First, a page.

Lutheran Witness: November 2018

What is the state of The Lutheran Church—Missouri Synod in 2018? Find out in the November issue of The Lutheran Witness



  • Mercy at work
  • Joyful in mercy — Dustin Beck
  • Offices of National and International Mission
  • Youth and Young Adult Ministry
  • Every One His Witness
  • Joyfully witnessing — Kevin Golden
  • Free to be Lutheran — an interview with Gregory P. Seltz
  • Annual Report
  • Partner churches around the world
  • The joy of learning and sharing life together — Kaitlin Sheridan
  • Lutheran K–12 schools
  • Lutherans on campus
  • Faithfully forming pastors
  • Farewell to Selma
  • Faces of the LCMS — a photo gallery by Erik M. Lunsford
  • Rosters and statistics


  • world views: A monthly news column from Gene Edward Veith
  • bene+diction: In the belfry — Rachel Bomberger

From the editor

Recently, for fun, I pulled out and paged through a box of archival LWs published in the year I was born.

What struck me most about this fascinating trip down the yellowing pages of memory lane wasn’t the grainy black-and-white
photos or the humble newsprint, but the content. So much of what I was reading felt almost eerily familiar. I noted Robert Kolb’s name among the essayists; Herb Mueller’s among the notices. I saw the words of Martin Luther and C.F.W. Walther pop up with comforting regularity. I read articles on refugee struggles and missionary adventures … on marriage, parenting, aging, stewardship … on Gospel-centered care for the young, the old, the infirm, the unchurched and those of all races and backgrounds.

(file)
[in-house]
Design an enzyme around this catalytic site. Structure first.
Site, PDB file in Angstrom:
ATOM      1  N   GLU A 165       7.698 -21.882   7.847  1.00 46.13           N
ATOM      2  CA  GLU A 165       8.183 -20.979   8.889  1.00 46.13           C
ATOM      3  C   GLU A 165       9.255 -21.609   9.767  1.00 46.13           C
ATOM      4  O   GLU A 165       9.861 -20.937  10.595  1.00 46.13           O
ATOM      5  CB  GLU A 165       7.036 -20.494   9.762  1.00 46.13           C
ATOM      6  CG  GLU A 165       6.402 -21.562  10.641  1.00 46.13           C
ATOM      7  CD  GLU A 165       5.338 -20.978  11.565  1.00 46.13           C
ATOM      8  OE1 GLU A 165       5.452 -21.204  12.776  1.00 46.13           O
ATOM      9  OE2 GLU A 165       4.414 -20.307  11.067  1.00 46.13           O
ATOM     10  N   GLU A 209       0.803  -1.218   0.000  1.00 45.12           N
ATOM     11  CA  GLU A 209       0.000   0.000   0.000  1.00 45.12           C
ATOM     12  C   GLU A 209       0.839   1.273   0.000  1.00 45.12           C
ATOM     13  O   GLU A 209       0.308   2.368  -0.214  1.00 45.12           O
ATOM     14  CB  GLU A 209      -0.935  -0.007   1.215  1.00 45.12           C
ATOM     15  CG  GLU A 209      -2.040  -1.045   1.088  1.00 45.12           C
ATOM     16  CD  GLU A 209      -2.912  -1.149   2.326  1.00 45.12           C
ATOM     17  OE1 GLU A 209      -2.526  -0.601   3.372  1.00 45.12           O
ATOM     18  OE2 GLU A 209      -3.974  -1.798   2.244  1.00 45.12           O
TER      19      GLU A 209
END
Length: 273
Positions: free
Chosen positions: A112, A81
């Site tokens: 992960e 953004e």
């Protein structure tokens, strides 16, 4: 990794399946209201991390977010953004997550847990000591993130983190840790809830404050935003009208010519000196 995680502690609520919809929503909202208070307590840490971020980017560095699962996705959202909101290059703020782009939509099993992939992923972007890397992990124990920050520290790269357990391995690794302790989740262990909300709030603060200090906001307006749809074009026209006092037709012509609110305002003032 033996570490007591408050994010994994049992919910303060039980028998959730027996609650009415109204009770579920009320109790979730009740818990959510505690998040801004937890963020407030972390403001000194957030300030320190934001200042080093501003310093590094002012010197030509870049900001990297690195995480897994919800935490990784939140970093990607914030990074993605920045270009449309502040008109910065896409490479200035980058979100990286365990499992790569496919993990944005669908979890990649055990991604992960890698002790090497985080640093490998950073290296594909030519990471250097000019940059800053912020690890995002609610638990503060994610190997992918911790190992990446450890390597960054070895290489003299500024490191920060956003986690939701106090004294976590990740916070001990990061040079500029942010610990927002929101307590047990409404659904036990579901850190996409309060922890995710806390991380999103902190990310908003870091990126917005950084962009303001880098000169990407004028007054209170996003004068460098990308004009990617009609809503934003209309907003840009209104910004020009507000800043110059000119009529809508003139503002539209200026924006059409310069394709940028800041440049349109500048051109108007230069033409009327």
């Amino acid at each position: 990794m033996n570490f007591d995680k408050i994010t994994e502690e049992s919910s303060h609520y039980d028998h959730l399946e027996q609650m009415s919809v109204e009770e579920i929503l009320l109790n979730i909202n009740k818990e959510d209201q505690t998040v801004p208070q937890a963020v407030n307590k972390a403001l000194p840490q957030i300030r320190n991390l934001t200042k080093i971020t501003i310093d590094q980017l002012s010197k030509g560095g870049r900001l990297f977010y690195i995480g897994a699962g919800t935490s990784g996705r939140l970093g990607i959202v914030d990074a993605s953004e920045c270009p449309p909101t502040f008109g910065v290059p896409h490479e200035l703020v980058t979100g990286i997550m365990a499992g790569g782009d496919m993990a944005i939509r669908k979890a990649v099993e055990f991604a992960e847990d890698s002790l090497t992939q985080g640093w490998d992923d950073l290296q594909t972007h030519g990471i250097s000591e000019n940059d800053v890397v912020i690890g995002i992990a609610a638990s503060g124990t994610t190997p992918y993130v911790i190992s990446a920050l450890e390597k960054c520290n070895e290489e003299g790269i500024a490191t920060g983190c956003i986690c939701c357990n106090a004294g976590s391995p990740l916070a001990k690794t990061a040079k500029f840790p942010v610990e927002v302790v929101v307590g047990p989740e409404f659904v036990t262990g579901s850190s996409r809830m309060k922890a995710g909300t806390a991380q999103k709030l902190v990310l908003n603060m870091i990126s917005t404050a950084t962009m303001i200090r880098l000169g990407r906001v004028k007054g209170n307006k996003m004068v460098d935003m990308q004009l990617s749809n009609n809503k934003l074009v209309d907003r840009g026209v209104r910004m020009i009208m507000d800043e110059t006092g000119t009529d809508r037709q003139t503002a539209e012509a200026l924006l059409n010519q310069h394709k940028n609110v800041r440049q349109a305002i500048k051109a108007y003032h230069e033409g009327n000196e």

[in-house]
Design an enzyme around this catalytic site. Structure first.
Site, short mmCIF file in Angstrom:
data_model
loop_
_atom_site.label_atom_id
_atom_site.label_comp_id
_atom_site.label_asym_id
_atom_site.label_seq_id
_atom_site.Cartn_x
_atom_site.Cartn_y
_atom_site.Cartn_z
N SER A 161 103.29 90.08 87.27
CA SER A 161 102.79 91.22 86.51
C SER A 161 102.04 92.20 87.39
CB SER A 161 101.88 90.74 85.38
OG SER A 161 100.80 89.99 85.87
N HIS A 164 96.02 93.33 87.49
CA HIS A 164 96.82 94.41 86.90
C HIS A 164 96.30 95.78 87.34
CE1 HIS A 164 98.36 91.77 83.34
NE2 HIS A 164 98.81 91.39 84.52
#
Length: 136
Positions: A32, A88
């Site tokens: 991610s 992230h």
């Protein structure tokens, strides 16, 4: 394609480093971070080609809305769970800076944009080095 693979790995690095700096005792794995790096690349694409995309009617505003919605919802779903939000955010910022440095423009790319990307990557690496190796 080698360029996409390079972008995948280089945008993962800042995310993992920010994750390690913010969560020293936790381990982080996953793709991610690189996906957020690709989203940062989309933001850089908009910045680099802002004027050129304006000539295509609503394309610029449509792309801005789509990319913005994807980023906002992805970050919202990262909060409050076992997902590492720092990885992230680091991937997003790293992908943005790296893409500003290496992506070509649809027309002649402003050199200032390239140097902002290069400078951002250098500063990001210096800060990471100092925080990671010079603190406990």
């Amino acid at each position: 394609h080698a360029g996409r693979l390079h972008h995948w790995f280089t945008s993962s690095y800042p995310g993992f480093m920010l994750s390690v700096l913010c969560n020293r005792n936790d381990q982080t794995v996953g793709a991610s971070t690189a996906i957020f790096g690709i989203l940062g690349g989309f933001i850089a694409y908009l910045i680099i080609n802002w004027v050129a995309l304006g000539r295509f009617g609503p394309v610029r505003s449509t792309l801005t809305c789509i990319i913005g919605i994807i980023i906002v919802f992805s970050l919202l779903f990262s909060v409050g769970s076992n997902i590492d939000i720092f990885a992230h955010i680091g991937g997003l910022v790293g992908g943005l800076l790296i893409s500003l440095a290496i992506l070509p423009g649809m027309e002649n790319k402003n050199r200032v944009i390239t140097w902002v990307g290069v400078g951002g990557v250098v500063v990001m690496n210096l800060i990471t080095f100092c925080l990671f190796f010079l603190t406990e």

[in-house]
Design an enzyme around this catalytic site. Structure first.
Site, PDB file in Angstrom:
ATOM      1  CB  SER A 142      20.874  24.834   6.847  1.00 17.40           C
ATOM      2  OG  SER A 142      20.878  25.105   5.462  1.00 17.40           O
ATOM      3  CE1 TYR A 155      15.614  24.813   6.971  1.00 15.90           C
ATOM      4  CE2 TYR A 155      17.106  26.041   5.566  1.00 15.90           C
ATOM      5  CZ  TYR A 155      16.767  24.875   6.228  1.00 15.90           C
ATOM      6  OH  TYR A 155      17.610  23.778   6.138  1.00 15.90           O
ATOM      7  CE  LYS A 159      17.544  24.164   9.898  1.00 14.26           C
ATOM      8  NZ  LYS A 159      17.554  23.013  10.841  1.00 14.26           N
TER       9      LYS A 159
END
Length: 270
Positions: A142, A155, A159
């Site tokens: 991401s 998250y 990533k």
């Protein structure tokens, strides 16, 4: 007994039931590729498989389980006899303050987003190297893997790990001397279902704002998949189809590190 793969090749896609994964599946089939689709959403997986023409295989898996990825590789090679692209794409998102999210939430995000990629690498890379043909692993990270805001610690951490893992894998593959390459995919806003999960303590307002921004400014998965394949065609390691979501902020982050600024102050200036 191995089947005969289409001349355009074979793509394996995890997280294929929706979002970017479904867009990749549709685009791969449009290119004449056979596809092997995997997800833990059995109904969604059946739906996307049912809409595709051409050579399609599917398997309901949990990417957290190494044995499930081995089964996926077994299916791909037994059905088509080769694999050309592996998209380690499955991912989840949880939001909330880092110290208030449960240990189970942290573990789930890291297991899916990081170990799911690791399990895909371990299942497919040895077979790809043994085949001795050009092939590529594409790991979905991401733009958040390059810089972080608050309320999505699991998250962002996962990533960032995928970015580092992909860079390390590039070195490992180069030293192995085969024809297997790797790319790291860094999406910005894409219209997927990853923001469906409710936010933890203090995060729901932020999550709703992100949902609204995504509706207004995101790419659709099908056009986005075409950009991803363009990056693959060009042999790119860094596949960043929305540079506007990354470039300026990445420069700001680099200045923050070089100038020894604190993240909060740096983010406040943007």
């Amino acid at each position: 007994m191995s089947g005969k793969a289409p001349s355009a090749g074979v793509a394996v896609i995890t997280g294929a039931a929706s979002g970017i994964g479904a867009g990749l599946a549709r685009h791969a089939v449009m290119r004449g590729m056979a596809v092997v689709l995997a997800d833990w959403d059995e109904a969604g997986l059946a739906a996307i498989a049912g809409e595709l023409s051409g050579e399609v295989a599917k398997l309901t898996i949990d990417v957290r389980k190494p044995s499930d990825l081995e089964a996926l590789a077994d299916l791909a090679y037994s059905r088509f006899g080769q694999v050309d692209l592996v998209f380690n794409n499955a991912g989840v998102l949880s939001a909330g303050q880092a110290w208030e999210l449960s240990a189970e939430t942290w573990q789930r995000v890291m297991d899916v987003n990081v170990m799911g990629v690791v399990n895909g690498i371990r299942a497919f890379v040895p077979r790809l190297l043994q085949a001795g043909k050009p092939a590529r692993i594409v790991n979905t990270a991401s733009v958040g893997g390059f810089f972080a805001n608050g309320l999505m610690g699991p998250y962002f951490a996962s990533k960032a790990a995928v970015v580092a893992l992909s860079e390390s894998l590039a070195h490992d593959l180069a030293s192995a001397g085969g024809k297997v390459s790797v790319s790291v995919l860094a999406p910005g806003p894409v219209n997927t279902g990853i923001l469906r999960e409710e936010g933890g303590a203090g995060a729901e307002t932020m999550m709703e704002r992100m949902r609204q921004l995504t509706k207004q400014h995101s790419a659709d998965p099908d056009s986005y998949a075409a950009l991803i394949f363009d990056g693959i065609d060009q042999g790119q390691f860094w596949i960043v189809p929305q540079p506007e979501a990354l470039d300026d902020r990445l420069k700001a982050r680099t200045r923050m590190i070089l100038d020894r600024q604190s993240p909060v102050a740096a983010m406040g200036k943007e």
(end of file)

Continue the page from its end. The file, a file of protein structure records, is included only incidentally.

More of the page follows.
Much has changed since 1980 — I doubt, for example, that we’ll run another article like “Morning with the Moonies” anytime soon — but in essentials, The Lutheran Witness remains the same as it ever was.

So too the Church, as you will see in the 2018 State of the Synod report that follows: “What has been is what will be, and what has been done is what will be done, and there is nothing new under the sun” (Eccl. 1:9).

As I look back over the past year — and the past four decades — what a comfort it is for me to rest in the certain knowledge that “Jesus Christ is the same yesterday and today and forever” (Heb. 13:8).

Rachel Bomberger
Managing Editor, The Lutheran Witness 

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